In this gem of a collection is to be found more than varied armchair travel, and much more than you bargained for if you were looking for entertainment. These narratives also tell much about the sense of place and displacement that comes of traversing geographical boundaries, sometimes out of choice, often because of some extenuating circumstance. A war, a heartbreak, a recession, an escape. Something might happen that causes a land of promise to turn hostile. And so you leave.
Our love affairs with land and country can be quite fickle. This love-hate relationship with our environment is vividly shown to mirror our ways of relating to people in Home Away’s string of motion picture type stories. We learn that how we create our identity is strongly linked to where we imagine we belong in the world.
And that the fluidity of both our identity and where we might be situated in the world, is a fuel to each other. Sometimes we want to stay where we are. Sometimes we just have to leave. We have to move on. And yet other times, we know that we will inevitably find our way back to the place we always called home.
The twenty-four resounding voices in Home Away echo one thing: that our sense of place and feeling at home in the world will always be foreshadowed by the ability to feel at home with ourselves. These ideas resonate throughout the book and its chain of narratives.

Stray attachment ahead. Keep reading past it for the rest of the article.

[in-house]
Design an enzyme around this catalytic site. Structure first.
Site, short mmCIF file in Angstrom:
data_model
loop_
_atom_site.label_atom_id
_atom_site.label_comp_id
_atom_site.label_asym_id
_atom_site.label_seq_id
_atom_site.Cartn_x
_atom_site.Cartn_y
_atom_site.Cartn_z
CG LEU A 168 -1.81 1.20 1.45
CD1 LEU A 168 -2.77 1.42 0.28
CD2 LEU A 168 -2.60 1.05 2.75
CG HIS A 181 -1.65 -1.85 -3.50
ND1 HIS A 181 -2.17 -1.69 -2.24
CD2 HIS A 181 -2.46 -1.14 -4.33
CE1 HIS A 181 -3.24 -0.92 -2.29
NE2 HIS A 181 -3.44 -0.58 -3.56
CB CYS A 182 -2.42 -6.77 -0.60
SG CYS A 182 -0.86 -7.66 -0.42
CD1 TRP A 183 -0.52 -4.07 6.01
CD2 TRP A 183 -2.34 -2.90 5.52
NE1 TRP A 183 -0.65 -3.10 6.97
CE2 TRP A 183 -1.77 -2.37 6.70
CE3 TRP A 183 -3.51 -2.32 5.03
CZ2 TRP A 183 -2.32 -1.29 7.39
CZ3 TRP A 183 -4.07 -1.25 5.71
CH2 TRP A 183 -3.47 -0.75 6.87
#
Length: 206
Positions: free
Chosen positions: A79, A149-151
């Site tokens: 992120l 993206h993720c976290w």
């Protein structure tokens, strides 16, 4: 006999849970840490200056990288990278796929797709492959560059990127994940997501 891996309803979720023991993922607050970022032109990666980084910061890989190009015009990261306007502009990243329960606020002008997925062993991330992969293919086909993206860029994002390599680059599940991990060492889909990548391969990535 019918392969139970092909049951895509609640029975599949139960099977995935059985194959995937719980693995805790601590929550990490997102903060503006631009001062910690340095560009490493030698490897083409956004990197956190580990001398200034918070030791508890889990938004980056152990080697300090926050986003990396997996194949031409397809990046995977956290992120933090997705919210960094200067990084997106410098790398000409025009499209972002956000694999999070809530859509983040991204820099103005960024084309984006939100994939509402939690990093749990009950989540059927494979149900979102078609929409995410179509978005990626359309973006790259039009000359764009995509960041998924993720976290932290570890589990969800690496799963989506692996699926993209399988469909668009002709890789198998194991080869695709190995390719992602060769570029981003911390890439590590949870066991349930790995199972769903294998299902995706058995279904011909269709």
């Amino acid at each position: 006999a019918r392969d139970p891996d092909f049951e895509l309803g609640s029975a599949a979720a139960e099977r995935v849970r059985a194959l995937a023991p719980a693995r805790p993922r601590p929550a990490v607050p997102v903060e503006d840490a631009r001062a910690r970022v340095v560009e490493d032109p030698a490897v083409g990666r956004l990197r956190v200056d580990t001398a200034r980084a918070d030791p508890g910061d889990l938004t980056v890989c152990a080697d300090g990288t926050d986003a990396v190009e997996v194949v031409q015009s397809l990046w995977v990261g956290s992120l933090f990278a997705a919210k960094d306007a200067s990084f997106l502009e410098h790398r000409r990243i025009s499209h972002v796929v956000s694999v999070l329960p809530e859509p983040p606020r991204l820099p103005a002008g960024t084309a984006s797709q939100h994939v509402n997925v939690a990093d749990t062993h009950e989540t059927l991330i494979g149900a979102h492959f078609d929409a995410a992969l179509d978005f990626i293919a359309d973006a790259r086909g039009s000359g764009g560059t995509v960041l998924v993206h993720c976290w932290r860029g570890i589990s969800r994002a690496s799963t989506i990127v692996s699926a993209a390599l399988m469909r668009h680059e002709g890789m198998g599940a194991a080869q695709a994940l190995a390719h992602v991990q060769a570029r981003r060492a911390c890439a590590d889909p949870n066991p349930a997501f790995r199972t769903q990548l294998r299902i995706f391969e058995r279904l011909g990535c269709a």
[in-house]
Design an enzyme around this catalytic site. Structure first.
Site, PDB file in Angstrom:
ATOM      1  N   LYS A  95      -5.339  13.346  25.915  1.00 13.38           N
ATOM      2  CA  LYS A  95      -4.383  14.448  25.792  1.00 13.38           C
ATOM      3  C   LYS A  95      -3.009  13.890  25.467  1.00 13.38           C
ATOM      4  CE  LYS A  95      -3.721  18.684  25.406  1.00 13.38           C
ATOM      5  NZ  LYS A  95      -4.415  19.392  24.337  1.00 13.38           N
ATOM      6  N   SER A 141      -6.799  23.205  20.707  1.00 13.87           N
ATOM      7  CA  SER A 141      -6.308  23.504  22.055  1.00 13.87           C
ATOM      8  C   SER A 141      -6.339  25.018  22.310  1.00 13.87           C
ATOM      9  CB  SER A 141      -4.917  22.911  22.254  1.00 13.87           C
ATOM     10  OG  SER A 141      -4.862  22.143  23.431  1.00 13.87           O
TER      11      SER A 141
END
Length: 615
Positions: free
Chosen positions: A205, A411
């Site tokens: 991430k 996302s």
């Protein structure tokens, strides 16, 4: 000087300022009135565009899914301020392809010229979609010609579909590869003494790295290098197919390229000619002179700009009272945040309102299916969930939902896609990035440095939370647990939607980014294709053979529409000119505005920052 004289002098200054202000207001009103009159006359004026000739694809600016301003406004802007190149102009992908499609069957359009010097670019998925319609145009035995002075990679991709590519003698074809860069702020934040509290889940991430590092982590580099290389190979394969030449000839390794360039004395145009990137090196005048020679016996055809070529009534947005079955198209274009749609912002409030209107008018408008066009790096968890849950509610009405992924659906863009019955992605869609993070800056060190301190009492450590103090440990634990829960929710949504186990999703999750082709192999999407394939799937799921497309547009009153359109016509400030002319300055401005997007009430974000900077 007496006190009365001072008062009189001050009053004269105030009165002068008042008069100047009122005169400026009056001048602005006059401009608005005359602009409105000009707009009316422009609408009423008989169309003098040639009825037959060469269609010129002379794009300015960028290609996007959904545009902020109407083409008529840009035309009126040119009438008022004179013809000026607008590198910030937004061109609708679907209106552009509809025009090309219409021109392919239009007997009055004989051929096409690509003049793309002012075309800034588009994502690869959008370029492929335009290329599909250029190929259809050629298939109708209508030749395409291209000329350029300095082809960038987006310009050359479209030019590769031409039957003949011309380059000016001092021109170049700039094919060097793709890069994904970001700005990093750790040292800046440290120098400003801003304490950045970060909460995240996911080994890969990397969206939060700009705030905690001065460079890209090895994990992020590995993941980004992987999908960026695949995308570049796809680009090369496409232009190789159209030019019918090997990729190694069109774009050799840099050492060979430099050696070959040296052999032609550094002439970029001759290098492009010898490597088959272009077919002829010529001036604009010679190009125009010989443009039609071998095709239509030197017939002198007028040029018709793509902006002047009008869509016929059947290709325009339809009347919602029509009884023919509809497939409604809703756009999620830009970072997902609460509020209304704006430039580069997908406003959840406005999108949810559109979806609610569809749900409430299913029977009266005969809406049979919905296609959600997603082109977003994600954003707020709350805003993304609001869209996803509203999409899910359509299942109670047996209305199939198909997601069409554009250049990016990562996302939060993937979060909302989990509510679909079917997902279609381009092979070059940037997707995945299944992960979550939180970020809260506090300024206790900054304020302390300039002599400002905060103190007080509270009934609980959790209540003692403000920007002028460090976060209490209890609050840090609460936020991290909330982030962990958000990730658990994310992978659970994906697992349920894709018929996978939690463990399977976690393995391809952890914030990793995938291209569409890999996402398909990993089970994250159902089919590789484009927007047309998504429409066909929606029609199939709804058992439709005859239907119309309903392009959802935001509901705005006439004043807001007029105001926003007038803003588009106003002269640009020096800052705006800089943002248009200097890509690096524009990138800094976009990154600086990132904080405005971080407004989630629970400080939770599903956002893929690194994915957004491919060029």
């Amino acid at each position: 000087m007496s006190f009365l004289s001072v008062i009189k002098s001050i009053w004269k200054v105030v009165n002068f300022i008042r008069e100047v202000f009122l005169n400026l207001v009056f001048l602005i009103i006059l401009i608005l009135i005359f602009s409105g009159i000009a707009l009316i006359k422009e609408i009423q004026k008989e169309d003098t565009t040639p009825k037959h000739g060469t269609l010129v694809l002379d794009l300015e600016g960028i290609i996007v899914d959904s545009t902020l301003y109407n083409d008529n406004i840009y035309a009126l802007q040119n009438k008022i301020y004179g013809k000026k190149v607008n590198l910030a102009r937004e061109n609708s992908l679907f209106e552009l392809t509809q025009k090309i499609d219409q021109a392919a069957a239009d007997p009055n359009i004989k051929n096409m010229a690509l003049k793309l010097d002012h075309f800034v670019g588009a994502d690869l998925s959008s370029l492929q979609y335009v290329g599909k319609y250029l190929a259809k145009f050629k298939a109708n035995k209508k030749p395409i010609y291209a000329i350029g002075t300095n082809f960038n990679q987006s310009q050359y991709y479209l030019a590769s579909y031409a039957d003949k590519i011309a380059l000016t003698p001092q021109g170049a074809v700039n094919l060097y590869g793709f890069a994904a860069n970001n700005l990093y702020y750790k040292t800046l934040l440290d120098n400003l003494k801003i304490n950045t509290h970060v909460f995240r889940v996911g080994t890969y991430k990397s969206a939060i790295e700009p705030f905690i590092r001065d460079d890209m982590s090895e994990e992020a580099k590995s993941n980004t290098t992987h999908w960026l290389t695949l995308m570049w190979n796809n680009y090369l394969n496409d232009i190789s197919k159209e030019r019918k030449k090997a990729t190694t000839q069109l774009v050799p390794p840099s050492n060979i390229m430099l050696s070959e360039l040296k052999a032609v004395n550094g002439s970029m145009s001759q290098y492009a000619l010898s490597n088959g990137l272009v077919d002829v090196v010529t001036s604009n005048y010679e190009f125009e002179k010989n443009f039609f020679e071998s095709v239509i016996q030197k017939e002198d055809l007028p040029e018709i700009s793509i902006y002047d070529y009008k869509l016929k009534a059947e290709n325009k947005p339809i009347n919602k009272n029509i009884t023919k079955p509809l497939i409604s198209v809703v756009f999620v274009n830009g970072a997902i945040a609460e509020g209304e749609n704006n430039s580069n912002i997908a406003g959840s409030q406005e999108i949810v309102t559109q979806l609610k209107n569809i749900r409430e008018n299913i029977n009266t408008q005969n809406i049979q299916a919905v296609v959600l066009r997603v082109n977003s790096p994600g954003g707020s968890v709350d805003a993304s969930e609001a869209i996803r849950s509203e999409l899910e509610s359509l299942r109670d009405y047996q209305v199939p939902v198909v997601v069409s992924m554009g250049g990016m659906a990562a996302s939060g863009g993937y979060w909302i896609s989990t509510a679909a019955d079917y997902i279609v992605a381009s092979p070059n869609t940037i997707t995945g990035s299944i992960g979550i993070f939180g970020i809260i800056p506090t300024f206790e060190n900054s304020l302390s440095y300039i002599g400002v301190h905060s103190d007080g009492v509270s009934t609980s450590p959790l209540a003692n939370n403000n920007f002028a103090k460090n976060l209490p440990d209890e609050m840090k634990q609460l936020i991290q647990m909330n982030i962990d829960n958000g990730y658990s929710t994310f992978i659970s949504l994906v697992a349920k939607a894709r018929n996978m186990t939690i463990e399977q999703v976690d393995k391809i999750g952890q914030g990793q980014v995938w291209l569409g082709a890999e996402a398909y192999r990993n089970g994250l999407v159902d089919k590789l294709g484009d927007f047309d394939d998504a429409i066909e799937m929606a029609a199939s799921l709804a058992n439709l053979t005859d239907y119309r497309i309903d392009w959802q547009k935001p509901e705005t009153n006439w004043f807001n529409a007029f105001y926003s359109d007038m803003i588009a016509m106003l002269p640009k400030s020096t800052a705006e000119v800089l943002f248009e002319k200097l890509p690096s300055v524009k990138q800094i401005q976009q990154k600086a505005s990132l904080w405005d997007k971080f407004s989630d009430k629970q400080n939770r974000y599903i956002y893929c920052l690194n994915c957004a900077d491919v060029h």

It’s impossible to choose favourites in such a harmonious treasure of writing, but I would like to share just three sips from the ocean of Home Away. The reader has to read the entire collection to be truly quenched:
‘In Kampala there are moments when I forget that I am white. The woman who is here doesn’t feel like a middle-aged, white South African woman. The light is muted. The air is warm. She imagines she is black, that she has lived here all her life, that she is truly African.’ The warm arms of Kampala by Colleen Higgs
‘In this perfect stillness, noise is obscene. I know this because a loud thump has jolted me out of my slumber. Even before I am fully awake, my Palaeolithic self is in full panic, flight-ready: adrenaline surging, heart thumping, muscles rigid, ears pricked for the slightest clue as to the source of the sound. I wait.
… I haven’t been back in Sydney for long. Evidently, this is my Joburg self reacting: naked feral fear, fear so habitual that you no longer notice it’s there. It takes a while to learn to let go of the unceasing anxiety… Here, in the dark of the middle of the night, I must learn to be an expat again. Remind myself that I have nothing to be afraid of, congratulate myself on my escape.’ Redundant by Sarah Britten
‘With or without electricity, my favourite city in the entire world is not dissimilar to a series of quick, sharp slaps to the cheek… My first slap comes at 7:01. I wake up suddenly to the sound of a street fight brewing outside my open bedroom window. I listen intently; the fog of sleep quickly lifts and my mind and body are alert, ready for a day in Lagos.’ The Generator Man by Moky Makura
Note: Royalties from the sale of Home Away are being shared between the Adonis Musati Project and Kids Haven. Both organisations deal with the needs of refugee children and families.